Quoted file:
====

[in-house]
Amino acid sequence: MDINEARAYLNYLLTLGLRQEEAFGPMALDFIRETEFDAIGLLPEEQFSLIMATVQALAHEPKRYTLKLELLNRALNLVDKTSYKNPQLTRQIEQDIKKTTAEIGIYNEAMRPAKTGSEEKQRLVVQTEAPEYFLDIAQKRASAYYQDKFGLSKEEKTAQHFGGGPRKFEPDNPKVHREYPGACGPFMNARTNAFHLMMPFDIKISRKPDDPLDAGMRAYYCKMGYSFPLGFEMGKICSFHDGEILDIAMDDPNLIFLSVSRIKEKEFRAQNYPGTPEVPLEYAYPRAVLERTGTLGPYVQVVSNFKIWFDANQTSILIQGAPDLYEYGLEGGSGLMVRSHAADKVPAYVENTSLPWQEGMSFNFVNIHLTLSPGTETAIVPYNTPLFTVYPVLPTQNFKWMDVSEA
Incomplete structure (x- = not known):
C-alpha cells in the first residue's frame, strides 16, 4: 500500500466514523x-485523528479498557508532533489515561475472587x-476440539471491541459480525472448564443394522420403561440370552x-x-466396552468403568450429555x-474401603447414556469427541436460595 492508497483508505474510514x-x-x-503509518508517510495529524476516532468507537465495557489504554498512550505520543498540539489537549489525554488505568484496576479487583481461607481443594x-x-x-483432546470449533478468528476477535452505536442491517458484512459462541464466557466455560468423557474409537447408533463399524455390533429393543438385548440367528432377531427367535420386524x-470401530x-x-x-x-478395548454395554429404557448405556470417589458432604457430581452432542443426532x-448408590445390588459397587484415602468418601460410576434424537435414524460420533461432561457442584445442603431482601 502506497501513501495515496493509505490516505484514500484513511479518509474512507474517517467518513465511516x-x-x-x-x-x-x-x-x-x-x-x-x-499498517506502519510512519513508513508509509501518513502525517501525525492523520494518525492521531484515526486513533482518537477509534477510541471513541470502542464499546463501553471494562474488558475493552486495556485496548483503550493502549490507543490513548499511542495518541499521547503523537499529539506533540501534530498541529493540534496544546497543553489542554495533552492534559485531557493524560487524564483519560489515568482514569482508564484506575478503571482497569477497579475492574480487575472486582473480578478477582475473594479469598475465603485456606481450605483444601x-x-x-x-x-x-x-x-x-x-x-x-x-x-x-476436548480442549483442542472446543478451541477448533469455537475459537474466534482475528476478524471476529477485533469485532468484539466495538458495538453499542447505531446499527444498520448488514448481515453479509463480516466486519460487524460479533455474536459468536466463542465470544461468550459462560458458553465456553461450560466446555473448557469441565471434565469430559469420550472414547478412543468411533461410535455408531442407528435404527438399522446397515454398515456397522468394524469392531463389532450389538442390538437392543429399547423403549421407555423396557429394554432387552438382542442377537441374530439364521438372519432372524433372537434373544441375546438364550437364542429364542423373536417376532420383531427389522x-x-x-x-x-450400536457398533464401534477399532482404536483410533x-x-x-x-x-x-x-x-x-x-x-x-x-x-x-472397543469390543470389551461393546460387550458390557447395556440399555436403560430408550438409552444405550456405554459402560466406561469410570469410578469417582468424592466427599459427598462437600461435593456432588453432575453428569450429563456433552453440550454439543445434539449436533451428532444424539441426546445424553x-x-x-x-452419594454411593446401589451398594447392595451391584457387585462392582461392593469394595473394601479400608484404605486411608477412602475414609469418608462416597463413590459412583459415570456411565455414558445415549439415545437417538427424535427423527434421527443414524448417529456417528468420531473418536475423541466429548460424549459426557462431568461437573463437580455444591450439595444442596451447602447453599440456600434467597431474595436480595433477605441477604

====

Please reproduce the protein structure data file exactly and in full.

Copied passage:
[in-house]
Amino acid sequence: MDINEARAYLNYLLTLGLRQEEAFGPMALDFIRETEFDAIGLLPEEQFSLIMATVQALAHEPKRYTLKLELLNRALNLVDKTSYKNPQLTRQIEQDIKKTTAEIGIYNEAMRPAKTGSEEKQRLVVQTEAPEYFLDIAQKRASAYYQDKFGLSKEEKTAQHFGGGPRKFEPDNPKVHREYPGACGPFMNARTNAFHLMMPFDIKISRKPDDPLDAGMRAYYCKMGYSFPLGFEMGKICSFHDGEILDIAMDDPNLIFLSVSRIKEKEFRAQNYPGTPEVPLEYAYPRAVLERTGTLGPYVQVVSNFKIWFDANQTSILIQGAPDLYEYGLEGGSGLMVRSHAADKVPAYVENTSLPWQEGMSFNFVNIHLTLSPGTETAIVPYNTPLFTVYPVLPTQNFKWMDVSEA
Incomplete structure (x- = not known):
C-alpha cells in the first residue's frame, strides 16, 4: 500500500466514523x-485523528479498557508532533489515561475472587x-476440539471491541459480525472448564443394522420403561440370552x-x-466396552468403568450429555x-474401603447414556469427541436460595 492508497483508505474510514x-x-x-503509518508517510495529524476516532468507537465495557489504554498512550505520543498540539489537549489525554488505568484496576479487583481461607481443594x-x-x-483432546470449533478468528476477535452505536442491517458484512459462541464466557466455560468423557474409537447408533463399524455390533429393543438385548440367528432377531427367535420386524x-470401530x-x-x-x-478395548454395554429404557448405556470417589458432604457430581452432542443426532x-448408590445390588459397587484415602468418601460410576434424537435414524460420533461432561457442584445442603431482601 502506497501513501495515496493509505490516505484514500484513511479518509474512507474517517467518513465511516x-x-x-x-x-x-x-x-x-x-x-x-x-499498517506502519510512519513508513508509509501518513502525517501525525492523520494518525492521531484515526486513533482518537477509534477510541471513541470502542464499546463501553471494562474488558475493552486495556485496548483503550493502549490507543490513548499511542495518541499521547503523537499529539506533540501534530498541529493540534496544546497543553489542554495533552492534559485531557493524560487524564483519560489515568482514569482508564484506575478503571482497569477497579475492574480487575472486582473480578478477582475473594479469598475465603485456606481450605483444601x-x-x-x-x-x-x-x-x-x-x-x-x-x-x-476436548480442549483442542472446543478451541477448533469455537475459537474466534482475528476478524471476529477485533469485532468484539466495538458495538453499542447505531446499527444498520448488514448481515453479509463480516466486519460487524460479533455474536459468536466463542465470544461468550459462560458458553465456553461450560466446555473448557469441565471434565469430559469420550472414547478412543468411533461410535455408531442407528435404527438399522446397515454398515456397522468394524469392531463389532450389538442390538437392543429399547423403549421407555423396557429394554432387552438382542442377537441374530439364521438372519432372524433372537434373544441375546438364550437364542429364542423373536417376532420383531427389522x-x-x-x-x-450400536457398533464401534477399532482404536483410533x-x-x-x-x-x-x-x-x-x-x-x-x-x-x-472397543469390543470389551461393546460387550458390557447395556440399555436403560430408550438409552444405550456405554459402560466406561469410570469410578469417582468424592466427599459427598462437600461435593456432588453432575453428569450429563456433552453440550454439543445434539449436533451428532444424539441426546445424553x-x-x-x-452419594454411593446401589451398594447392595451391584457387585462392582461392593469394595473394601479400608484404605486411608477412602475414609469418608462416597463413590459412583459415570456411565455414558445415549439415545437417538427424535427423527434421527443414524448417529456417528468420531473418536475423541466429548460424549459426557462431568461437573463437580455444591450439595444442596451447602447453599440456600434467597431474595436480595433477605441477604